China’s accession to the WTO has profound implications for East Asian trade relations, and many of the more established regional agreements (ASEAN, etc.) are being re-examined in light of this initiative by a prominent trading partner. China has already established new standards for sustained growth and dynamic resource allocation by a large economy, and further Chinese domestic and external liberalization will redefine trade relations in ways that are only beginning to be understood.
Initial reactions of regional partners, who perceive China as a strong export competitor and magnet for FDI, have been somewhat defensive. These sentiments could undermine multilateralism and retard the dramatic historical progress of regional trade and economic growth. Our research reveals a more complex picture of China’s emergence, however, one that presents as many opportunities as threats to East Asian policy makers.
Because of its sheer size and stage of development, China will play two roles in the region with unusual prominence. First, it will stiffen regional export competition in a broad spectrum of products. Because it is still in the early stages of an export-oriented growth strategy, this aspect of China’s economy has attracted the most attention and contributed to a threatening image. Secondly, China’s long term growth trajectory will make it a prominent importer in East Asia. Because China’s internal economy is still emerging, this aspect has attracted less attention. Thus China interposes itself between the rest of East Asia and the Rest of the World as both an export competitor and an emerging importer but, because of its early stage of development, regional perceptions have been biased. More attention is currently focused on the export (threat) side and the import (opportunity) side is underestimated.
This paper presents an empirical analysis of China’s regional economic emergence, intended to improve longer term visibility for policy makers, helping overcome the threat-bias and better identify the horizon of opportunity for other East Asian economies. A multi-country dynamic forecasting model is used to elucidate regional and domestic adjustments that will ensue from China’s WTO accession over the next two decades. Generally speaking, Chinese growth is found to produce a variety of dramatic adjustments in East Asia, but that the benefits for every regional partner can outweigh the costs if multilateral trade policies are accommodating.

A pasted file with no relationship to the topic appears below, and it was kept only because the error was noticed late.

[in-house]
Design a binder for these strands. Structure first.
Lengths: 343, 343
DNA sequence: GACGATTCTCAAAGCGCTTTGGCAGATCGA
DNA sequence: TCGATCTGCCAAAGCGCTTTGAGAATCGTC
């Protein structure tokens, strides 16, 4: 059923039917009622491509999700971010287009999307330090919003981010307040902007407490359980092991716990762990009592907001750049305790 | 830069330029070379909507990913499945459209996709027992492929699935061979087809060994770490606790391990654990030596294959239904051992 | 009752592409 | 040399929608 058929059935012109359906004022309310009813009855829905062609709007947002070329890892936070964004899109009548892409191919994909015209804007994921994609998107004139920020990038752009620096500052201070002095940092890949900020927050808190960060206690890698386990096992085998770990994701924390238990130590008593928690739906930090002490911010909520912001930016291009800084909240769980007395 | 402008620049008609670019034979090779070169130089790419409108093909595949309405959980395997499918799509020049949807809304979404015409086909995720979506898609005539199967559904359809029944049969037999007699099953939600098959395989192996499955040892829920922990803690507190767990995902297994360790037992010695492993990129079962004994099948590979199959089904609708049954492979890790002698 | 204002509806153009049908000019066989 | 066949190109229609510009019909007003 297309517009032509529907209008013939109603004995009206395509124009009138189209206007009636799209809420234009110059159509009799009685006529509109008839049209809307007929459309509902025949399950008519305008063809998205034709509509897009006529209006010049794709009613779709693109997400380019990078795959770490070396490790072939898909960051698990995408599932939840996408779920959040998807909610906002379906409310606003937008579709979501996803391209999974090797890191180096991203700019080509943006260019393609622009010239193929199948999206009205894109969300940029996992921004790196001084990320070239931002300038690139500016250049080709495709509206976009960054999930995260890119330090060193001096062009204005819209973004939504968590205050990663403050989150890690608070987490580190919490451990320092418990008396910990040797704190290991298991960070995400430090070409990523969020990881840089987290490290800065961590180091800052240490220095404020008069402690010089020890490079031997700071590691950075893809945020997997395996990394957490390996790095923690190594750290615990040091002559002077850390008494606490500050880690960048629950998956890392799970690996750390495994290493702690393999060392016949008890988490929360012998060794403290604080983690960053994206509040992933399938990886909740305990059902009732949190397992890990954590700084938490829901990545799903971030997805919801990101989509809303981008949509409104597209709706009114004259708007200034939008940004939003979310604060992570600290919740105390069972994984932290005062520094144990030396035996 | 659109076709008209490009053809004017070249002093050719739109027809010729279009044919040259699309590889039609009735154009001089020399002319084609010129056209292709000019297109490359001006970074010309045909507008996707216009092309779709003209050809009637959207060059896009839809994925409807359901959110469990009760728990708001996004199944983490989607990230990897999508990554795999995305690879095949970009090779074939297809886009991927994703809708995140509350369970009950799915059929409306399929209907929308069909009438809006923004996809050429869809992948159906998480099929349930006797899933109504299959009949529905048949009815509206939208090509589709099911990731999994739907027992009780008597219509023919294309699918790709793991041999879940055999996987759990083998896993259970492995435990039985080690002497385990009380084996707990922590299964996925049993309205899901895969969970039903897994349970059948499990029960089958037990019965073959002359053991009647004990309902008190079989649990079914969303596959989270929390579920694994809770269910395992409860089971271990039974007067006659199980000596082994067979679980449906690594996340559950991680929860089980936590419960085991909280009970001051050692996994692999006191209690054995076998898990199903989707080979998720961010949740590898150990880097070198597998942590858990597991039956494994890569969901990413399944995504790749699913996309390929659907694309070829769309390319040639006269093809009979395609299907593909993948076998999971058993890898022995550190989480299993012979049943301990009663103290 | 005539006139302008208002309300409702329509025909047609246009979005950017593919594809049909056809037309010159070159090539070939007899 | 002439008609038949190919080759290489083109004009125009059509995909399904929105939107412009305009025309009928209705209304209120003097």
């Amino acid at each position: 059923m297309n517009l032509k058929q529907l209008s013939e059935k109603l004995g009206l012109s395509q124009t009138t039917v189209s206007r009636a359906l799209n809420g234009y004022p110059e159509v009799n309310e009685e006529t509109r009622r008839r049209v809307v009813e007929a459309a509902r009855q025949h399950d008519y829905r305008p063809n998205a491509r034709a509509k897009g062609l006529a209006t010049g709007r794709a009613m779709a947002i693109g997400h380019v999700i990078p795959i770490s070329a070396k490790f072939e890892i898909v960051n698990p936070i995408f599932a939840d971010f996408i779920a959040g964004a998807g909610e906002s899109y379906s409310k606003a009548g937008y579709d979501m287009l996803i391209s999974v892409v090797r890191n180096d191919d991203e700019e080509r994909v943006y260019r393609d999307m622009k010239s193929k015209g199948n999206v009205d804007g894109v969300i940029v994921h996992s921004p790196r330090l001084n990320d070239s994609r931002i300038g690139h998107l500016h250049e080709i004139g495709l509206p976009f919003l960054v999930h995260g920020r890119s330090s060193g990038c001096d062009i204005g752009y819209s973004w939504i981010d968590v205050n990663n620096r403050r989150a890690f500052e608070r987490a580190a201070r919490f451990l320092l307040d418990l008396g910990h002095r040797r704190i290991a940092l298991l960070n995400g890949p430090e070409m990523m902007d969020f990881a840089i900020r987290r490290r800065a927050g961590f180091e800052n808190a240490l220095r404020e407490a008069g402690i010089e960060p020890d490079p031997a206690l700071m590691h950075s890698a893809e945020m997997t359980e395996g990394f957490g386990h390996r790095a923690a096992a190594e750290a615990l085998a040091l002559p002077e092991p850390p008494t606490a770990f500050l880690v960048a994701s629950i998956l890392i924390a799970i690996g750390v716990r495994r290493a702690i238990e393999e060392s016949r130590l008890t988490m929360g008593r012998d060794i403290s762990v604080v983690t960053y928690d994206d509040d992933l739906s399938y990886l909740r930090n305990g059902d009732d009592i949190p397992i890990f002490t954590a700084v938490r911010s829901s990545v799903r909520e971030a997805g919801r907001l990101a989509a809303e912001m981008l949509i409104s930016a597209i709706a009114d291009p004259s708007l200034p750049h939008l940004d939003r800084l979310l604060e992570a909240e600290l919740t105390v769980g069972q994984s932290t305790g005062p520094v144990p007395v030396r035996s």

Primarily because of its size, China appears to be in a unique position to “go it alone” on the path to globalization, i.e. most of its own benefits from multilateralism can be captured by unilateral liberalization. At the same time, a large part of the aggregate regional benefits from growth arise from China’s unilateral initiative. For example, we predict that, by 2020, China will develop a large structural trade surplus with Western OECD economies, but a structural deficit of about equal magnitude with East Asia as a whole. This surplus “transfer effect” implies that the region can continue leveraging external demand to meet its growth objectives, but the composition of this growth will depend upon bilateral balances.
Thus the future benefits and costs for individual East Asian economies will depend upon the extent to which they adapt to more open multilateralism, regionally or globally joining efforts to reduce barriers to trade. Only in this way can they avoid crowding out from their established export markets and fully capture new export opportunities. The latter are represented mainly by China, directly in terms of its burgeoning domestic demand, and indirectly as it absorbs intermediate goods to meet export demand from the Rest of the World.
As an example of this, we forecast the consequences of a widely discussed regional trade arrangement, AFTA plus China. By enlisting China in its regional liberalization, the ASEAN economies leverage China’s growth to their advantage. AFTA alone might be beneficial, but inclusion of China provides essential economic diversity, scale opportunities, and indirect market access via Chinese absorption for export production. The result of AFTA plus China is accelerated ASEAN trade expansion, sometimes at the expense of other East Asian economies.
For one country in particular, the response to China’s WTO initiative will be decisive. Our forecasts indicate that, in the absence of new protectionism, China will be Japan’s largest trading partner by 2020, exceeding all other bilateral sources of imports and export markets. This represents an unprecedented opportunity for the Japanese economy, but to realize it will require a fundamental reorientation of industrial policy, away from traditional (western OECD) export destinations and toward the world’s fastest growing consumer society.